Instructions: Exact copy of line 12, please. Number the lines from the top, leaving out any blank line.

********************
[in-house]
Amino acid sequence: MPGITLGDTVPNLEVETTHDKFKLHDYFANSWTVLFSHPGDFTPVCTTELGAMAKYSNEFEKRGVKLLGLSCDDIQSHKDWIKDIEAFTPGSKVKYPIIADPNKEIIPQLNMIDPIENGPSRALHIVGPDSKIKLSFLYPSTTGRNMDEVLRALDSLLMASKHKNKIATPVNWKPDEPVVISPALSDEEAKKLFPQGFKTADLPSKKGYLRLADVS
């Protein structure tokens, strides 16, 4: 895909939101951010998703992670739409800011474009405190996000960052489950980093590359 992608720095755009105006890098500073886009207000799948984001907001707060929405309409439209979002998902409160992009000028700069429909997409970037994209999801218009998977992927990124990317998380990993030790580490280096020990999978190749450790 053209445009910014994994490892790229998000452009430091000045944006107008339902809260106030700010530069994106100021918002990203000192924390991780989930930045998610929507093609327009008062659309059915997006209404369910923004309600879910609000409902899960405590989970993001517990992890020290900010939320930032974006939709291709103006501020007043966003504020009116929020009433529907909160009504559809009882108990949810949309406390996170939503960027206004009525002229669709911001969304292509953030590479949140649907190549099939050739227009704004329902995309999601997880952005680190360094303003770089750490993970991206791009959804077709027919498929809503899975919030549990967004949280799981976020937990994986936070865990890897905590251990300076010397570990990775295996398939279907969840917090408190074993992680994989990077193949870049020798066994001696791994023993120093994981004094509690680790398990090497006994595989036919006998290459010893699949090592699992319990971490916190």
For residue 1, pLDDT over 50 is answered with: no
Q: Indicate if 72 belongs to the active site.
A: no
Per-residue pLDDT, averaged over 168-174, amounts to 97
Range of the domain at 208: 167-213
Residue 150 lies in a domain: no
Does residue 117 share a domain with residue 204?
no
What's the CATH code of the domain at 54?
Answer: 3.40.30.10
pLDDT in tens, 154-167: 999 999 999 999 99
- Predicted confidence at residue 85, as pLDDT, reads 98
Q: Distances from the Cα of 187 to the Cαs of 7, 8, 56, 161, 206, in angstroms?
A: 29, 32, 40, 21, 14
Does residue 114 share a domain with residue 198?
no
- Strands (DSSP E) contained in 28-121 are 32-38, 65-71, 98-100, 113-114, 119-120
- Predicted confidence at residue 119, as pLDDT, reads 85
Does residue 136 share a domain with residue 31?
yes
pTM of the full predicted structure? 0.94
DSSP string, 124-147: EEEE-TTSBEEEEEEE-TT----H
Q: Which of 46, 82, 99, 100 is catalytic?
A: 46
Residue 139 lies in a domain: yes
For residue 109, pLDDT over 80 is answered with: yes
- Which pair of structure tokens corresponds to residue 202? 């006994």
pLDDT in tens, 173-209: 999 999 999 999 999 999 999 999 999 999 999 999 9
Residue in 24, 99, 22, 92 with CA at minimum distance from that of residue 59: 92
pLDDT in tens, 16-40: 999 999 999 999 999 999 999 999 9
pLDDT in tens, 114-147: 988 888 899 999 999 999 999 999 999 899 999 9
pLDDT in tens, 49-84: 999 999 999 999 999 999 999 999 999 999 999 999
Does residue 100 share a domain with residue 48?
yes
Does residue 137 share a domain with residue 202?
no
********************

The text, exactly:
What's the CATH code of the domain at 54?